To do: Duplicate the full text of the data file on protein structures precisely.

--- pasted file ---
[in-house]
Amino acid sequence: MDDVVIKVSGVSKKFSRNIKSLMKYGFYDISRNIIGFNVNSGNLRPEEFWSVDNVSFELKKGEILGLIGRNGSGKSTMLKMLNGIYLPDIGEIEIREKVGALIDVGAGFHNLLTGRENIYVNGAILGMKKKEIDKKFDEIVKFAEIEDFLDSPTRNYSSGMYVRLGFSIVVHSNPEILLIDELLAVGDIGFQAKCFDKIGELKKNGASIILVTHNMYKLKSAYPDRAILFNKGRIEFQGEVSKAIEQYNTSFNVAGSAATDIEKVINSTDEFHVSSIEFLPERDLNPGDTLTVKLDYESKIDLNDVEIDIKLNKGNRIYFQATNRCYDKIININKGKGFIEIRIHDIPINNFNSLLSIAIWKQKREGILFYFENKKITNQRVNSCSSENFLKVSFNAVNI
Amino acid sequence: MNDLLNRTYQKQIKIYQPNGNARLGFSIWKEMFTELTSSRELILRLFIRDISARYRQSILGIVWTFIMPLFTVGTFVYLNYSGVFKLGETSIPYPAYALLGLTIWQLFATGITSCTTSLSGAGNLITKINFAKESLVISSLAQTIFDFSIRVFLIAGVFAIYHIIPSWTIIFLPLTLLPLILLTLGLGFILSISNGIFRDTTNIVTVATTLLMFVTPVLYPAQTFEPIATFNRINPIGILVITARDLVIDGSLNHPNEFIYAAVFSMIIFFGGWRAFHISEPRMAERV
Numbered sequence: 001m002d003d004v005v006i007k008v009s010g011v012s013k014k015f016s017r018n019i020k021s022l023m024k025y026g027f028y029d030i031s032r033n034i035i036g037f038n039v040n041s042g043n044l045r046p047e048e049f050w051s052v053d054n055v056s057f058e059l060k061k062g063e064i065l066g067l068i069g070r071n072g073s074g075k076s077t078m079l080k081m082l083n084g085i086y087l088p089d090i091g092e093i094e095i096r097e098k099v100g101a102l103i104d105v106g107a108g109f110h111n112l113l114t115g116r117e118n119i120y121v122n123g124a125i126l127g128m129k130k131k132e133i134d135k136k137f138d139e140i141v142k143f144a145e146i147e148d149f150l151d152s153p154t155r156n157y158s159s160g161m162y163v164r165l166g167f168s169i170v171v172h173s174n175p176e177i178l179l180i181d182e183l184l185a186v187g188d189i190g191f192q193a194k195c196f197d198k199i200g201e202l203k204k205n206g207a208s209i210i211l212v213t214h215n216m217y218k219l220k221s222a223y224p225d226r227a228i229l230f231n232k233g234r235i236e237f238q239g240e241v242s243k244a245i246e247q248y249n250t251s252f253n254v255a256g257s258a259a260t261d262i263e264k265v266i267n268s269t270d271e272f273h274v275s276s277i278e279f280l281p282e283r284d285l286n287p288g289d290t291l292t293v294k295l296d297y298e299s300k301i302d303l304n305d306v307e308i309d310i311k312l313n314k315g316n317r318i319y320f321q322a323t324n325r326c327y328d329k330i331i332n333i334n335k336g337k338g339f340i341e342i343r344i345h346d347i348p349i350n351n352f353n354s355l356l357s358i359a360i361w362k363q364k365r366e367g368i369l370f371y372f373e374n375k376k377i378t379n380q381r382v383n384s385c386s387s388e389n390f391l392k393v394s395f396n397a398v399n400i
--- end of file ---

[in-house]
Amino acid sequence: MDDVVIKVSGVSKKFSRNIKSLMKYGFYDISRNIIGFNVNSGNLRPEEFWSVDNVSFELKKGEILGLIGRNGSGKSTMLKMLNGIYLPDIGEIEIREKVGALIDVGAGFHNLLTGRENIYVNGAILGMKKKEIDKKFDEIVKFAEIEDFLDSPTRNYSSGMYVRLGFSIVVHSNPEILLIDELLAVGDIGFQAKCFDKIGELKKNGASIILVTHNMYKLKSAYPDRAILFNKGRIEFQGEVSKAIEQYNTSFNVAGSAATDIEKVINSTDEFHVSSIEFLPERDLNPGDTLTVKLDYESKIDLNDVEIDIKLNKGNRIYFQATNRCYDKIININKGKGFIEIRIHDIPINNFNSLLSIAIWKQKREGILFYFENKKITNQRVNSCSSENFLKVSFNAVNI
Amino acid sequence: MNDLLNRTYQKQIKIYQPNGNARLGFSIWKEMFTELTSSRELILRLFIRDISARYRQSILGIVWTFIMPLFTVGTFVYLNYSGVFKLGETSIPYPAYALLGLTIWQLFATGITSCTTSLSGAGNLITKINFAKESLVISSLAQTIFDFSIRVFLIAGVFAIYHIIPSWTIIFLPLTLLPLILLTLGLGFILSISNGIFRDTTNIVTVATTLLMFVTPVLYPAQTFEPIATFNRINPIGILVITARDLVIDGSLNHPNEFIYAAVFSMIIFFGGWRAFHISEPRMAERV
Numbered sequence: 001m002d003d004v005v006i007k008v009s010g011v012s013k014k015f016s017r018n019i020k021s022l023m024k025y026g027f028y029d030i031s032r033n034i035i036g037f038n039v040n041s042g043n044l045r046p047e048e049f050w051s052v053d054n055v056s057f058e059l060k061k062g063e064i065l066g067l068i069g070r071n072g073s074g075k076s077t078m079l080k081m082l083n084g085i086y087l088p089d090i091g092e093i094e095i096r097e098k099v100g101a102l103i104d105v106g107a108g109f110h111n112l113l114t115g116r117e118n119i120y121v122n123g124a125i126l127g128m129k130k131k132e133i134d135k136k137f138d139e140i141v142k143f144a145e146i147e148d149f150l151d152s153p154t155r156n157y158s159s160g161m162y163v164r165l166g167f168s169i170v171v172h173s174n175p176e177i178l179l180i181d182e183l184l185a186v187g188d189i190g191f192q193a194k195c196f197d198k199i200g201e202l203k204k205n206g207a208s209i210i211l212v213t214h215n216m217y218k219l220k221s222a223y224p225d226r227a228i229l230f231n232k233g234r235i236e237f238q239g240e241v242s243k244a245i246e247q248y249n250t251s252f253n254v255a256g257s258a259a260t261d262i263e264k265v266i267n268s269t270d271e272f273h274v275s276s277i278e279f280l281p282e283r284d285l286n287p288g289d290t291l292t293v294k295l296d297y298e299s300k301i302d303l304n305d306v307e308i309d310i311k312l313n314k315g316n317r318i319y320f321q322a323t324n325r326c327y328d329k330i331i332n333i334n335k336g337k338g339f340i341e342i343r344i345h346d347i348p349i350n351n352f353n354s355l356l357s358i359a360i361w362k363q364k365r366e367g368i369l370f371y372f373e374n375k376k377i378t379n380q381r382v383n384s385c386s387s388e389n390f391l392k393v394s395f396n397a398v399n400i